The process of bringing Mario Cristobal home to Miami has put college football on notice. The Hurricanes -- at the athletic department, university and local community levels -- are ready to make investments like never before to chase big-time success. Miami, of course, knows what that success at the highest level looks like, having won national championships across three different decades with four different coaches.
But it hasn't tasted that glory in 20 years.
Now that Cristobal is in place and already working to secure pieces of the program's future on the recruiting trail, it's time to wonder: what exactly does big-time success look like for Miami in the modern era?
It's unfair to Cristobal if Miami hopes he can magically transport the program back to the success of his playing days -- he won two national titles under Jimmy Johnson and Dennis Erickson as an offensive lineman between 1989 -1992 -- because no program other than Alabama is rolling off national championships every other year. Perhaps the expectations are a little more realistic, and it's hoping to see Cristobal lead the kind of rebuild seen under Butch Davis -- whom Cristobal worked under as a graduate assistant from 1998- 2000 -- and, eventually, the success of Larry Coker - Cristobal's boss from 2004-06.
Depending on your age, Miami being a college football power can have different meanings and context. But save for Howard Schnellenberger's initial elevation of the program in the 1980s, Cristobal has been there, or around, for nearly every one of the Hurricanes' golden years. What "back" means for Miami has always been a moving target, a constant juggle between optimistic goals and realistic expectations.
But with the investment required to buy out Manny Diaz and bring in Cristobal -- the former Oregon coach is signing a reported 10-year, $80 million contract -- there is an "all in" signal from Miami that doesn't allow for debate about expectations. Making this kind of move shows Miami expects to compete for championships and Cristobal is expected to be the coach who leads the way.
To Cristobal's credit, he knows this isn't going to be something that happens overnight. The hard work and "painful steps," as he calls them, that will be required to reach the heights of championship contention tapped into the familiar vision of dominance that includes an intimidation factor for the rest of college football.
"When the University of Miami is rolling -- and it takes a lot of work to get it there; we have a lot of work we have to do, some painful steps we cannot skip -- but when it's rolling, it's unique," Cristobal said Tuesday at his introductory press conference. "It's unlike anything else, from the university itself, the team, the brotherhood, the alumni, the city, the community, it's different. And I think everybody knows that. Hopefully, it's scary for others."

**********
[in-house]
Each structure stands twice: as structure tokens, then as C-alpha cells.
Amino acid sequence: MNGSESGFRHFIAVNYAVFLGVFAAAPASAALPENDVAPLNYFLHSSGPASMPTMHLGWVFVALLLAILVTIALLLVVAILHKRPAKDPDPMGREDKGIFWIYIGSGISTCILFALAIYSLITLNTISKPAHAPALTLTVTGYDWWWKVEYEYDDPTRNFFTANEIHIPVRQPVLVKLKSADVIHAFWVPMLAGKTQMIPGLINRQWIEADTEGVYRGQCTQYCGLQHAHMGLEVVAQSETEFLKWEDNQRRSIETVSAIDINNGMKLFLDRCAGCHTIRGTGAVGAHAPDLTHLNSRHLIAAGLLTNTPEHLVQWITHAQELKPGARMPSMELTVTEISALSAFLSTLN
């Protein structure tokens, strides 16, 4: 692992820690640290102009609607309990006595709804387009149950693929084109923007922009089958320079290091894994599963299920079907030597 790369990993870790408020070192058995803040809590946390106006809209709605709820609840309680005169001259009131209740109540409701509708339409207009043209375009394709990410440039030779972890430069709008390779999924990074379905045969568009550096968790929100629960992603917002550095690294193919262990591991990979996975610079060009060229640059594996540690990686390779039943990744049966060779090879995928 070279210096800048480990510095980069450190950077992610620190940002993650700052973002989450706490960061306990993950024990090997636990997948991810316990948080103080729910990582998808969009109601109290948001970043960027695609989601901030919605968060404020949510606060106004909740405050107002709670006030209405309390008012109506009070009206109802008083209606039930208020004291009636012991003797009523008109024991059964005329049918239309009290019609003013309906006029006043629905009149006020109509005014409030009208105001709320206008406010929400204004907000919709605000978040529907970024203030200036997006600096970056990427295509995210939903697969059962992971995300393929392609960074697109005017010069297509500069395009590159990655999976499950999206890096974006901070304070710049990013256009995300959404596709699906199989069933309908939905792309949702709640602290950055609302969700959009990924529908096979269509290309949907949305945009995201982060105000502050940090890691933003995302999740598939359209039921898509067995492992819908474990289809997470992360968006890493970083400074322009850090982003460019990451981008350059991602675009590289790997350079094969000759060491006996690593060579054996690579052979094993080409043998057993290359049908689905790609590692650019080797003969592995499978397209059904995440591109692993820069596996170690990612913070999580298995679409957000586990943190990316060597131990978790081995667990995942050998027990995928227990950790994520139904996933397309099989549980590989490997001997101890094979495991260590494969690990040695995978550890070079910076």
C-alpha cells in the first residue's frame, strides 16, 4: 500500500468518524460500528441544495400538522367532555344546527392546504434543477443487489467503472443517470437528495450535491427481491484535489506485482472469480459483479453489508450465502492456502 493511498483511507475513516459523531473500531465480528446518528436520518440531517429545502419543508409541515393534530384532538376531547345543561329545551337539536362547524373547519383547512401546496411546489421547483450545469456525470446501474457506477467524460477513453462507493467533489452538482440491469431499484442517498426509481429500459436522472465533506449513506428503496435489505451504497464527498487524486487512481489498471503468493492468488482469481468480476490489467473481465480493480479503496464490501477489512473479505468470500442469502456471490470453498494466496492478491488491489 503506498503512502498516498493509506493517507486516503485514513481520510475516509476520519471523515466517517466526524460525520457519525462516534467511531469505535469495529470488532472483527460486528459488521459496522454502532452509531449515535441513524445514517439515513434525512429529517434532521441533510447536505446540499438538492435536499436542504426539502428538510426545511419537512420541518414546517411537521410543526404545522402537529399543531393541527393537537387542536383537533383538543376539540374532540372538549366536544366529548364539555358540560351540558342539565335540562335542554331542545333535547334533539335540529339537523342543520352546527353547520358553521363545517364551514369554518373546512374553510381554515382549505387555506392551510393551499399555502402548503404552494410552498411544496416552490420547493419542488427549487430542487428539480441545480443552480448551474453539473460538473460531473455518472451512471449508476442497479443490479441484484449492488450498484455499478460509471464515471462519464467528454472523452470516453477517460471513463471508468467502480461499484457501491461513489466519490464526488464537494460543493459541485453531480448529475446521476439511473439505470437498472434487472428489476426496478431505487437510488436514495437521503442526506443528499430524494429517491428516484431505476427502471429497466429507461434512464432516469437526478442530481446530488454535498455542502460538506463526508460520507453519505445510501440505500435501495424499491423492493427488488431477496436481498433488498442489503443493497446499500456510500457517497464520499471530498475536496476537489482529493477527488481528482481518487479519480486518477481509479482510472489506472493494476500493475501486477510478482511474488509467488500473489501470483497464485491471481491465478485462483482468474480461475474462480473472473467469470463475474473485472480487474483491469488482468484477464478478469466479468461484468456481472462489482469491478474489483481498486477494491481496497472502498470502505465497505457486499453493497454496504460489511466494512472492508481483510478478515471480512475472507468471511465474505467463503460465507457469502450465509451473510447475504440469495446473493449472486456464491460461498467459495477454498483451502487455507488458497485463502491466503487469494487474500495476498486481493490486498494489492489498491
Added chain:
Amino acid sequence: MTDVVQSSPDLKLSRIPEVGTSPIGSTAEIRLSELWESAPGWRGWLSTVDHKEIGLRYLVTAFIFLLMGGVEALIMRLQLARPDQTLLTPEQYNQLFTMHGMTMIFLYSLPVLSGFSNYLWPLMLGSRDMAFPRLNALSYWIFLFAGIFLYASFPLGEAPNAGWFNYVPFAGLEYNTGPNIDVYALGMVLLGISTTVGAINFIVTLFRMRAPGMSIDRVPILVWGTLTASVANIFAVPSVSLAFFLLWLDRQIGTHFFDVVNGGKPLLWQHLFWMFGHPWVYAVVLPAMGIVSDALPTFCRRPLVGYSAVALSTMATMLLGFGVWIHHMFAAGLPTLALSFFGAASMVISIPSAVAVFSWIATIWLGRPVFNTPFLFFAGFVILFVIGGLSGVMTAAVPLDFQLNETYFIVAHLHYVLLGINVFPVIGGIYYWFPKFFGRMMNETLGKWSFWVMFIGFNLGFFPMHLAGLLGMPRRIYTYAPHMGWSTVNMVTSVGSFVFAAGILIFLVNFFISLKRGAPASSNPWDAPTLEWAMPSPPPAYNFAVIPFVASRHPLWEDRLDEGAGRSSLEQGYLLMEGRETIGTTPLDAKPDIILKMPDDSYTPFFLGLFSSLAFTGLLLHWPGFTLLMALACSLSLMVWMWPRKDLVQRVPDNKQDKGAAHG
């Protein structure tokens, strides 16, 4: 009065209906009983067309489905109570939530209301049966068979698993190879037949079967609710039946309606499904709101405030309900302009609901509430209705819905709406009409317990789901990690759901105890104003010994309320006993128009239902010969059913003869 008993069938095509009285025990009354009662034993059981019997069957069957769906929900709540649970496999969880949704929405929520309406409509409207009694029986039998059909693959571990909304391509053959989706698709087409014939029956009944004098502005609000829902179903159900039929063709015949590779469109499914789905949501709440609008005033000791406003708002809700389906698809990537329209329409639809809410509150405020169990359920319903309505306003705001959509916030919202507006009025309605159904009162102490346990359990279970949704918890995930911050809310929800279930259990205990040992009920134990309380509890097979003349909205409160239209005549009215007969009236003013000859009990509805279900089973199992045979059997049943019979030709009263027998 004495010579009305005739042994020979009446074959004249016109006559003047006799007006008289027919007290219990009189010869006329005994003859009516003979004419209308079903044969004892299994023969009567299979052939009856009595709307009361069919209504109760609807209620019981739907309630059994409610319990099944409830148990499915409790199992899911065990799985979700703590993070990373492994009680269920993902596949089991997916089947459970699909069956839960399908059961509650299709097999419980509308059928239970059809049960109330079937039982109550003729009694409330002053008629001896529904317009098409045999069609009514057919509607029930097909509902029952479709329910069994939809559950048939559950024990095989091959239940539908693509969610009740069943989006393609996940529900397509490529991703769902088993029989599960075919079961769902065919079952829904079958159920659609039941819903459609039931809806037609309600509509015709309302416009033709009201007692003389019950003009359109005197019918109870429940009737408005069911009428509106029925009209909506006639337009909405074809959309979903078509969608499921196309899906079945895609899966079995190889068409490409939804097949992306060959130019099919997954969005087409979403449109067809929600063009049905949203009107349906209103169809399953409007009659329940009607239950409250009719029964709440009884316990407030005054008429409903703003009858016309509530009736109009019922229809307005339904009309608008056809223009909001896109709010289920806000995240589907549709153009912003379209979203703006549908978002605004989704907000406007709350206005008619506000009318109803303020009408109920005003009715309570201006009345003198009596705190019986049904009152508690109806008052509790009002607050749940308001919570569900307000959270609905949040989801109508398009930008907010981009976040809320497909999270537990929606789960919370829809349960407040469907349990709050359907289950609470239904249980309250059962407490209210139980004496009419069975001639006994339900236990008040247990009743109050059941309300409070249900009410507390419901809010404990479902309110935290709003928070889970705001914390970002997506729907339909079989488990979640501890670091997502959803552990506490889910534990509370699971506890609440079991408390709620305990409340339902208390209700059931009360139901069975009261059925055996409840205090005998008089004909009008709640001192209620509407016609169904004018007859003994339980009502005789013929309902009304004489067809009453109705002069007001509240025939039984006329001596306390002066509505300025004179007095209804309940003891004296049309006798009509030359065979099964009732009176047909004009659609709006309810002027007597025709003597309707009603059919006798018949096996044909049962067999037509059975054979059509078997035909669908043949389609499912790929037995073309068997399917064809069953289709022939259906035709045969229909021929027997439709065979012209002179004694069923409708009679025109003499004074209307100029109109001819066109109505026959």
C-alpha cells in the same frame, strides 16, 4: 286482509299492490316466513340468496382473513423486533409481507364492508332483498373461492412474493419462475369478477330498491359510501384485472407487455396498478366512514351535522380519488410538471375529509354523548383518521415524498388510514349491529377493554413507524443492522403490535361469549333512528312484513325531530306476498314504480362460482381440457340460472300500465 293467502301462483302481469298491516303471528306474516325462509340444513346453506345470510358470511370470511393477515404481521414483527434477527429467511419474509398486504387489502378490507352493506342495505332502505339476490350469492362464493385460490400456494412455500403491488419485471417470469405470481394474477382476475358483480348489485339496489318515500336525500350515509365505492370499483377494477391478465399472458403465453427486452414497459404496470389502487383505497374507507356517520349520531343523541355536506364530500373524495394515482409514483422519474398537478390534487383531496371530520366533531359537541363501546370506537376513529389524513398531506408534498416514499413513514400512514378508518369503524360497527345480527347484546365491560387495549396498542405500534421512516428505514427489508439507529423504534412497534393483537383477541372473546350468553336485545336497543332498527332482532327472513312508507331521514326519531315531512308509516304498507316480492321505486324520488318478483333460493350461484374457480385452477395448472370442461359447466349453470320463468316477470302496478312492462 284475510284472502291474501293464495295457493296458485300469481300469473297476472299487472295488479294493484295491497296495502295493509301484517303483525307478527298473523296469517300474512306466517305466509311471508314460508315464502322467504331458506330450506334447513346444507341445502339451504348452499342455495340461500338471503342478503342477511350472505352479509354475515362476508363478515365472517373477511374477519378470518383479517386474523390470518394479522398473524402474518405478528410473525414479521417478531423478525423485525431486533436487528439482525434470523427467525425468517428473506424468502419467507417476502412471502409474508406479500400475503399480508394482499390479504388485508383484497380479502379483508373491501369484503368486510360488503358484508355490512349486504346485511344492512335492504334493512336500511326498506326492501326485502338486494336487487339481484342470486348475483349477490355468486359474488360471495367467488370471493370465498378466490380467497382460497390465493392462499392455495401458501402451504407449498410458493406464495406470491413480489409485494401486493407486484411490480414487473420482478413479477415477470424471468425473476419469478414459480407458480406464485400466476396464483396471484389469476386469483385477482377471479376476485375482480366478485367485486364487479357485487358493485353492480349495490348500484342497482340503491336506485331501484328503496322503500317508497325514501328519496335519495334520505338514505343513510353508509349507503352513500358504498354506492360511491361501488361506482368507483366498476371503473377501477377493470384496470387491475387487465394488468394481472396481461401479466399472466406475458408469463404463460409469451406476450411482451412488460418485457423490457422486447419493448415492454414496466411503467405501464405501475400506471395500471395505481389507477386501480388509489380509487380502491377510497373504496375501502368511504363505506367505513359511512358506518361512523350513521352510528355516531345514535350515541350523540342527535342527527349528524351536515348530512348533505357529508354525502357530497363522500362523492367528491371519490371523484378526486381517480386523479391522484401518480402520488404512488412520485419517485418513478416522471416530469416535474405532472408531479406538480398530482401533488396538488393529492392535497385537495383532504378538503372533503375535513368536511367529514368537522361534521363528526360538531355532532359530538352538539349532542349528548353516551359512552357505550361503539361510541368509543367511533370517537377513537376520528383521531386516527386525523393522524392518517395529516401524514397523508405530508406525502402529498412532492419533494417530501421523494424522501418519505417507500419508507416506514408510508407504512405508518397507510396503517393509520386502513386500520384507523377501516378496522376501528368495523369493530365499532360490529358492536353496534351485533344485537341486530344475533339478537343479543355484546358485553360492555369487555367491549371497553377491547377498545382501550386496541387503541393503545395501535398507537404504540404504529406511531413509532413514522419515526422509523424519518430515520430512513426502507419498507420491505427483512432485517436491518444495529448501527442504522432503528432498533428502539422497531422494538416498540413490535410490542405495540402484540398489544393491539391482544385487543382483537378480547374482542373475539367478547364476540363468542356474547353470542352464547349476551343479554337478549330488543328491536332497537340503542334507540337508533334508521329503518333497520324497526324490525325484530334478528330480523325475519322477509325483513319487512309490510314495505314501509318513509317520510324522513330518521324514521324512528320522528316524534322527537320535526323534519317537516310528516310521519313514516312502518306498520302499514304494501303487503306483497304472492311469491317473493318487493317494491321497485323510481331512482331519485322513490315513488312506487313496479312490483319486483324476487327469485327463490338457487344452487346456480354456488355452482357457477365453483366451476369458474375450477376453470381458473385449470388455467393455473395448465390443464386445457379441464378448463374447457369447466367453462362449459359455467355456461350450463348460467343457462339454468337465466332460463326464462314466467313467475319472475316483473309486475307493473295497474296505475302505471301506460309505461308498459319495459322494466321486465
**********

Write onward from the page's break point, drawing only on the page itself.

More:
At the moment, he's toeing a fine line between embracing the raised expectations and reminding players and fans that it's going to be a process. Any kind of sustainable success at Miami can't be microwaved, and there will be challenges as the program ventures into new territories on the expected rise up college football mountain. But it won't only be new territory for the modern Miami program, but also new territory for its new coach.
Each of Cristobal's three full seasons at Oregon should be considered successful. The Ducks won nine games in 2018, 12 games in 2019 and 10 under his leadership in 2021. Pac-12 titles in 2019 and 2020 provide a nice set of trophies, and a top-five finish after winning the Rose Bowl two years ago changed the conversation around Cristobal and his standing among his peers. His reputation as a dogged recruiter paid off with some of Oregon's highest-rated prospects ever in the recruiting service era. Those recruiting trail wins are a big part of why Miami is willing to invest so much in his vision.
For all the recruiting wins, though, Cristobal has yet to make the College Football Playoff and contend for a national championship. Considering not only his contract, but investments in assistant coaches and support staff that will reportedly be among the highest in the ACC, it is fair to assume that matching his success at Oregon would simply result in a passing grade in a future evaluation. The expectations are not only that Miami will improve with each painful step in the path to championship contention, but that Cristobal will be right there with the program taking his next steps as a head coach and reaching heights he has yet to reach as well.
Immediately, the expectation is that Miami should be a contender in the ACC and at least begin to close the gap with Clemson. The Hurricanes got a taste of playoff contention in 2017, only to fall short at the end of the season and lose to the Tigers by five touchdowns in the ACC Championship Game. Making the ACC title game but falling short, like so many Coastal Division champions did from 2015-19, is not going to match the expectation for success under Cristobal in the modern era, and conquering Clemson will be one of those so-called painful steps. Exactly how Miami should grade Cristobal against the other top programs in the country is probably a conversation best had once he wins the ACC and/or makes the playoff.
So as Miami is redefining what success looks like in the modern era of college football, one of its own will be paving the path. Together they'll move forward, chasing new heights together as both coach and program chase the ever moving target that is bringing The U "back."